Health Centers

First Aid

Articles

  • Don't you dare eat that!

    What's the poop about dogs eating horse poop?

    Size does matter when a dogs eats horse poop containing ivermectin, depending on the toxicity level and the size and genetic susceptibility of the dog.

  • Rio's hoof with a quarter crack

    Rio's Quarter Crack: A Case Study

    Follow the story of Rio's quarter crack from the time he is a weanling through appointments at Butler's Farrier School as the quarter crack is stabilized, fitted with proper shoes,allowing Rio to perform his job as a working cow horse.

  • When a horse is bleeding profusely, apply pressure either with your hand or a piece of material to stop and contain the bleeding.

    First Aid in Treating Equine Injuries

    Learn the three rules for treating equine injuries and how to treat the most common wounds and fractures.

  • A simple method to get your horse's heart rate is to listen with a stethoscope

    Four Ways to Take Your Horse's Pulse

    Finding a horse's pulse and determining the heart rate can be difficult, even for professionals. Read about the four ways you can determine your horse's heart rate and how to tell if it is normal.

  • Owner cleaning out and picking horse's hoof

    How to Pick your Horse's Feet

    Picking your horse's feet is a basic general care activity that will reduce the chances of lameness due to hoof disease. This easy and traditional activity should be mastered by all horse owners.

  • Horse's leg with standing wrap to protect bandage.

    Applying a Standing Wrap for Bandage Support

    The standing wrap is the most basic bandage used on a horse, and one that every horseman should know how to do properly because it protects the horse's legs, tendons, and ligaments, while the horse is in a stall or during transport.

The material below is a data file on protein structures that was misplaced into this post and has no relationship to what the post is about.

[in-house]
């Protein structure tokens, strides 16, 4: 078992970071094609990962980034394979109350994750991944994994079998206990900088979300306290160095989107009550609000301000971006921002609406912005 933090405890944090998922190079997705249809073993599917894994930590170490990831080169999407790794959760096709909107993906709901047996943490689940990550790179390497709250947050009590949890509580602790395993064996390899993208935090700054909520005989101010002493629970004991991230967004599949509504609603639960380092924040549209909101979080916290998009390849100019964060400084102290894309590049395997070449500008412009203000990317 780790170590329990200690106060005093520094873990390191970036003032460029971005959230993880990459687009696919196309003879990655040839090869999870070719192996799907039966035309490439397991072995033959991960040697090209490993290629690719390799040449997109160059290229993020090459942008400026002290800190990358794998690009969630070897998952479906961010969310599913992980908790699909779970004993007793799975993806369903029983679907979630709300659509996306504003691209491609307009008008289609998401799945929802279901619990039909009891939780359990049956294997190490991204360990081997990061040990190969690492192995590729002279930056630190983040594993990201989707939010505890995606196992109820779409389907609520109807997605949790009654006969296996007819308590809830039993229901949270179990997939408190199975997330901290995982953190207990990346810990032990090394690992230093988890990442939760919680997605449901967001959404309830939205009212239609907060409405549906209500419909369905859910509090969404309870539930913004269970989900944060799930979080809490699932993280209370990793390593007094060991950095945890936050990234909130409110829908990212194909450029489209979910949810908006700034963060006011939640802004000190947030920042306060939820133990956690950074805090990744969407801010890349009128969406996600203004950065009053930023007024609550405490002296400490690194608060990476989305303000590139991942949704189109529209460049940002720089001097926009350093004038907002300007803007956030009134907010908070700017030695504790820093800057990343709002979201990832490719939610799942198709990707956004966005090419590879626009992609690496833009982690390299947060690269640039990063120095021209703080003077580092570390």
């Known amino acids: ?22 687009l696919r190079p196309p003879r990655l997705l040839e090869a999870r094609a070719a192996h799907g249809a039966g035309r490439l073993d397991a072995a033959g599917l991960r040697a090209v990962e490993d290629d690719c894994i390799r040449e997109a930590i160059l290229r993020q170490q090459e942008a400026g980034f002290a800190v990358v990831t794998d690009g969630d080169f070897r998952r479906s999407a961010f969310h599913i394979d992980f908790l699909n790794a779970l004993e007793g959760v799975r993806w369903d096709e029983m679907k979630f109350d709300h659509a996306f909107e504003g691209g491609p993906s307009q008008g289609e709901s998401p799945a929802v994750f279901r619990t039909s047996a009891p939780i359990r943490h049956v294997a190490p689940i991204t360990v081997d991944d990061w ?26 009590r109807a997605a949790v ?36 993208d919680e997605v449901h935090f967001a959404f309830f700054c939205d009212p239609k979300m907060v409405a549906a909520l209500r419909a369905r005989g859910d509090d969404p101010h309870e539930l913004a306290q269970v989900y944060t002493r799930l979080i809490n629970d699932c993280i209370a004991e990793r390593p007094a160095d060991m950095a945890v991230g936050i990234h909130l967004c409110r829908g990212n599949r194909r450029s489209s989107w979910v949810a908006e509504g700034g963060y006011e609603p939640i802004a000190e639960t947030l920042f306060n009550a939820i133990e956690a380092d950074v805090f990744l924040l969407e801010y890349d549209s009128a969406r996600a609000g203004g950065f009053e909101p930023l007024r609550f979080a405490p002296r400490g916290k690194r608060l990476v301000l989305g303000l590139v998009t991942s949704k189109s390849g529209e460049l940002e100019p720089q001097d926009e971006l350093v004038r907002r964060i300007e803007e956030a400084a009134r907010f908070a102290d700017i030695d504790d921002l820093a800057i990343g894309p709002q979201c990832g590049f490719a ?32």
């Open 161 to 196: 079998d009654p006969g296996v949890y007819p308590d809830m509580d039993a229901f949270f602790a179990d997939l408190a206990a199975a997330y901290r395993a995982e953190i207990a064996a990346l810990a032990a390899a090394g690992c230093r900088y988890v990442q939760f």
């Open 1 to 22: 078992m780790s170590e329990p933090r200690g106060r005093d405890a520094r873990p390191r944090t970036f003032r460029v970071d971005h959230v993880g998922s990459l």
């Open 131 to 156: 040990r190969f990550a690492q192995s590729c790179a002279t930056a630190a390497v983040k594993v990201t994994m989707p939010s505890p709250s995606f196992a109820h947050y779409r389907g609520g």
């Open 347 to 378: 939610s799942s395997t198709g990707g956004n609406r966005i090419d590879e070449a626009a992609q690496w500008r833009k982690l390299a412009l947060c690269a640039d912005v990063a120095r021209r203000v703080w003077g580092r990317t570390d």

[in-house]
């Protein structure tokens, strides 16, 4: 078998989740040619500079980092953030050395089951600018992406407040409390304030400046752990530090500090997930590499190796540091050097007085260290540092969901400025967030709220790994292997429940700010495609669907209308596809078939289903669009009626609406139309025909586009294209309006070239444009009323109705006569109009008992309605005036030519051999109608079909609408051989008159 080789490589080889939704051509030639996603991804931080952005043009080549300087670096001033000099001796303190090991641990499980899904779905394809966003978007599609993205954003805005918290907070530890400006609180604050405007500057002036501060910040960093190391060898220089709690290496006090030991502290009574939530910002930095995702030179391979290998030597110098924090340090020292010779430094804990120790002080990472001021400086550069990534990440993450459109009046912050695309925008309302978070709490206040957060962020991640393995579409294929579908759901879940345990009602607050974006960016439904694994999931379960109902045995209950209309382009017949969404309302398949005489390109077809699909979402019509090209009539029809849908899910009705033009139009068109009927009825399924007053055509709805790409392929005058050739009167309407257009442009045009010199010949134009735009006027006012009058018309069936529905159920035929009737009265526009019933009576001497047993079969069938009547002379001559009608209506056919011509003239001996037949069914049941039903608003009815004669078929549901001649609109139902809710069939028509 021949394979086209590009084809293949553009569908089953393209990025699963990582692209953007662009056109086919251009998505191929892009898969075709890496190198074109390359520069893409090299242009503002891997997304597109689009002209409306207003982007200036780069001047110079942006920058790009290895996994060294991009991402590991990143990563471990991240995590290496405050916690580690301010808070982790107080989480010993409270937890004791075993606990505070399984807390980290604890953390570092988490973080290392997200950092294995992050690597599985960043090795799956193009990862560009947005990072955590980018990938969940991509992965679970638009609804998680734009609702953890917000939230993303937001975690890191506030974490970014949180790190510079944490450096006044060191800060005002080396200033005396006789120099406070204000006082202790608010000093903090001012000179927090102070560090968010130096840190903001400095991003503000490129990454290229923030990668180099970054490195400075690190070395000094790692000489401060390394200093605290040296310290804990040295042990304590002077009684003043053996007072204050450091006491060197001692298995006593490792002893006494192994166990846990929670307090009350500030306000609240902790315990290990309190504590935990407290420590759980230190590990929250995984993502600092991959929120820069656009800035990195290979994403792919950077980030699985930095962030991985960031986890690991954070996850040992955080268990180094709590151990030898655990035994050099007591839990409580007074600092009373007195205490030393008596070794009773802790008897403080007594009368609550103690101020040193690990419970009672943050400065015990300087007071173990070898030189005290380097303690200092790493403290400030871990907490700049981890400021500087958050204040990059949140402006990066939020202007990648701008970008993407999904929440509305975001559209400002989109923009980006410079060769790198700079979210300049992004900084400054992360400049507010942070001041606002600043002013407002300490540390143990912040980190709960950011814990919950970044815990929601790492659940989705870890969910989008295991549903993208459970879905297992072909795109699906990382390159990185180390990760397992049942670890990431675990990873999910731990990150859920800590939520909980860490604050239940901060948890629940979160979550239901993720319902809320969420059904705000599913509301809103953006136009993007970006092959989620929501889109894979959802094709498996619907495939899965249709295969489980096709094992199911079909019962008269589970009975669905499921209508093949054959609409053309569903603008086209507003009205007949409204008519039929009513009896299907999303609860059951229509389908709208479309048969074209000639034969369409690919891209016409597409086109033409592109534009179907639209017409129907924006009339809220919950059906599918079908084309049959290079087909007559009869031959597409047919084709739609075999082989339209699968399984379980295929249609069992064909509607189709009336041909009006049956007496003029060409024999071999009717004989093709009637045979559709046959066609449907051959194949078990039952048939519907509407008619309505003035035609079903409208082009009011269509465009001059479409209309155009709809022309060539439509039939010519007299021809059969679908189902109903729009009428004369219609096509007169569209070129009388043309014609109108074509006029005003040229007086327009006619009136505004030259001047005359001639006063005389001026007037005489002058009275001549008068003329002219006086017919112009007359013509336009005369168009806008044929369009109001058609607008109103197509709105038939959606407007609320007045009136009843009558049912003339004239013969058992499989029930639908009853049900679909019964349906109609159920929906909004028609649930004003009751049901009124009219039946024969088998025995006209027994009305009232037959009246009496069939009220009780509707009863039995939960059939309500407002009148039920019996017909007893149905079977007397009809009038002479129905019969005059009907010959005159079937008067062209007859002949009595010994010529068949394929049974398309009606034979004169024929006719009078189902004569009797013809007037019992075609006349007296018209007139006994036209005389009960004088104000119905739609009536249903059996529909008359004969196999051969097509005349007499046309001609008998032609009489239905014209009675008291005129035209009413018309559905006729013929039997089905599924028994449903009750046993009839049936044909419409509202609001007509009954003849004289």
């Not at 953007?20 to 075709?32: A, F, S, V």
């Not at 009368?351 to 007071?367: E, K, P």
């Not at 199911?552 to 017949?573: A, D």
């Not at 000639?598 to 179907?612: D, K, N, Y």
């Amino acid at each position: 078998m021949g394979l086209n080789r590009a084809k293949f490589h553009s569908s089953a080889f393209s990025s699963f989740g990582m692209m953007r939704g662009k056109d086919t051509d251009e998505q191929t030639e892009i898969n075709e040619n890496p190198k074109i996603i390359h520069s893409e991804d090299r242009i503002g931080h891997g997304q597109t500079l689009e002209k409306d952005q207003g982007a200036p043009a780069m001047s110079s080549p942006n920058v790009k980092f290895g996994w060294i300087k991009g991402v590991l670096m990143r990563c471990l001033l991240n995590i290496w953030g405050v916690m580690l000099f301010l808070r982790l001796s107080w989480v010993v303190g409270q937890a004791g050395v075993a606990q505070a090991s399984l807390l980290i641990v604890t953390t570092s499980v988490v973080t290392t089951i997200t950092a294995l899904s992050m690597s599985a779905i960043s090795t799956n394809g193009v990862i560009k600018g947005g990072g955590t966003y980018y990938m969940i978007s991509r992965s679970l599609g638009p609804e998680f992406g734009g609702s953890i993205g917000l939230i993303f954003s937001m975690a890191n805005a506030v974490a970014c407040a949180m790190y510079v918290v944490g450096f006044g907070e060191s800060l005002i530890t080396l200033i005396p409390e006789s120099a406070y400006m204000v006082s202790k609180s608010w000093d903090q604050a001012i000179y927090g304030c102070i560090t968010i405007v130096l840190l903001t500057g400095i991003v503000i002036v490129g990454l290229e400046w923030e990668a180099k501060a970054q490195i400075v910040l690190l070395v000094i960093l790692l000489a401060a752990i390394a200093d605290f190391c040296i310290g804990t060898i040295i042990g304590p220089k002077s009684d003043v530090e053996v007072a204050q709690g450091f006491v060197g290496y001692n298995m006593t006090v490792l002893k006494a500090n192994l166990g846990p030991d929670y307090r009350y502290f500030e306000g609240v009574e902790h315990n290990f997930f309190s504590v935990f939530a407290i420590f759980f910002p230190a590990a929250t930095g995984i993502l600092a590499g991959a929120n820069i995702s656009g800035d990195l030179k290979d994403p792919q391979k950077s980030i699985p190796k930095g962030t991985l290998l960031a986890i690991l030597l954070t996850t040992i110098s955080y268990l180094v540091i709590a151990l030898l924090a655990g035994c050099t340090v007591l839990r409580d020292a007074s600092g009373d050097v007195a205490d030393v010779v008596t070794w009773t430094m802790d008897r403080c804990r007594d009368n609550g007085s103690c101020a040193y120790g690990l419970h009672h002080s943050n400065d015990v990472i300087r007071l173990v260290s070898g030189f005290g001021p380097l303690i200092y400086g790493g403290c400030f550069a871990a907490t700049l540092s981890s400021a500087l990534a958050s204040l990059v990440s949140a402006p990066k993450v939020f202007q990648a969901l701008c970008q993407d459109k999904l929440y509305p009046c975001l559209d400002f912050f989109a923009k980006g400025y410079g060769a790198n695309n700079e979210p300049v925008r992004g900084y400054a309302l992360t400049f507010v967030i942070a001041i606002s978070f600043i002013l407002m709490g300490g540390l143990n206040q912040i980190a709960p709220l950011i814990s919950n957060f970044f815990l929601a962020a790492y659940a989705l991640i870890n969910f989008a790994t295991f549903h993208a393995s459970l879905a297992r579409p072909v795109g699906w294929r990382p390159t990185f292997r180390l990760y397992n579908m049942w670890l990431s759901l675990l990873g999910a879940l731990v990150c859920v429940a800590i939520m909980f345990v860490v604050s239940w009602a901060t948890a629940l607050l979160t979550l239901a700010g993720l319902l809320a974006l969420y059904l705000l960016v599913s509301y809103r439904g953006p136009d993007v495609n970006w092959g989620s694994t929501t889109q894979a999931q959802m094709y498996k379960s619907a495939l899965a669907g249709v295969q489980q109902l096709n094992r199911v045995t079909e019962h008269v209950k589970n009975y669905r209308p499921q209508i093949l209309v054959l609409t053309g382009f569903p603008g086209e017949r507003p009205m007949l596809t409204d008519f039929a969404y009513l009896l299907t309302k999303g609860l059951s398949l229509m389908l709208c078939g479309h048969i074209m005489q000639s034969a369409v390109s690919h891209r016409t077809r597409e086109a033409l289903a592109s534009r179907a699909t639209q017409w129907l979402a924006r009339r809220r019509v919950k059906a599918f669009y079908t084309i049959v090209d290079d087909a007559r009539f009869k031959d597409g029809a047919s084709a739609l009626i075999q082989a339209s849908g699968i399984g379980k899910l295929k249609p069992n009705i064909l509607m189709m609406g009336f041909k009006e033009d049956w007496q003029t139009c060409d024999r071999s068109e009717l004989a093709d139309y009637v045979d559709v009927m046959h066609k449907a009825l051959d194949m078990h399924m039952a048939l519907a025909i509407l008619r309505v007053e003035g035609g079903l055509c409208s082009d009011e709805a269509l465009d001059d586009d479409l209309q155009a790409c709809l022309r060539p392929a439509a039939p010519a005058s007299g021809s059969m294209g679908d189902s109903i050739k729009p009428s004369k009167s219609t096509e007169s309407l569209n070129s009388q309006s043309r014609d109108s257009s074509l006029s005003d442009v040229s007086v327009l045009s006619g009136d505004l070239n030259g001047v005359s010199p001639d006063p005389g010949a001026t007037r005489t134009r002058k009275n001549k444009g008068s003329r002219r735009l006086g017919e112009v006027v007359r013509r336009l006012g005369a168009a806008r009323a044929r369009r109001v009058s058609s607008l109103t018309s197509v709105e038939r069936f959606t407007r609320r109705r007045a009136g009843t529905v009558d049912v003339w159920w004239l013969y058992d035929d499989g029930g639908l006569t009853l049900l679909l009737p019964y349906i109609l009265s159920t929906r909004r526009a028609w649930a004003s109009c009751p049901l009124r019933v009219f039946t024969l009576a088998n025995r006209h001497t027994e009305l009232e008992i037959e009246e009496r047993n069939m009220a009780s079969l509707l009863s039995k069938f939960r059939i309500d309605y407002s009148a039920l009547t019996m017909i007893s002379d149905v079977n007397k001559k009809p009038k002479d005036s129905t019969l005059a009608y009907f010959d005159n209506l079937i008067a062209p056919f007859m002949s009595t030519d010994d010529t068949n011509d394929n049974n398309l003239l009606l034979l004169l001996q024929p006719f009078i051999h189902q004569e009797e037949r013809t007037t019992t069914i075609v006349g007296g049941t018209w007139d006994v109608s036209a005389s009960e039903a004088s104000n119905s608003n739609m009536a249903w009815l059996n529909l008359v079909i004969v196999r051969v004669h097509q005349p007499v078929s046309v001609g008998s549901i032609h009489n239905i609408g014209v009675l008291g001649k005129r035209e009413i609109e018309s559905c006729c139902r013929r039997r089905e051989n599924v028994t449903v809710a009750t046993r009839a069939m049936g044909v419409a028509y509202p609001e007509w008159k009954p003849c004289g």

• Owner holding head of horse with severe laceration on side of head.

    Take the Trauma Out of 5 Horse Health Emergencies

    Colic, acute lameness, traumatic injury accompanied by severe bleeding, shock, and choke are emergencies for which all horse owners need to be prepared.

  • Trail rider on a snowy winter trail near an icy river

    Trail Riders: First Aid in your Saddlebags

    It is much easier to be prepared and not need a first aid kit, than to hit the trail and then, find that you are not prepared for those emergencies that will happen.

  • Blanketed horse with wrapped and bandaged leg walking in pasture near fence.

    Horse First Aid for Puncture Wounds, Abrasions, and Lacerations

    Keep these 14 items that belong in your equine first aid kit readily available to help take care of typical horse wounds, abrasions and laceration.

  • Hurrying to load horse into trailer.

    Emergency Preparedness - Transporting Your Equine

    Some horses fear trailers. Read the do's and don'ts of trailering and how practice in trailering your horse pays off in an emergency.

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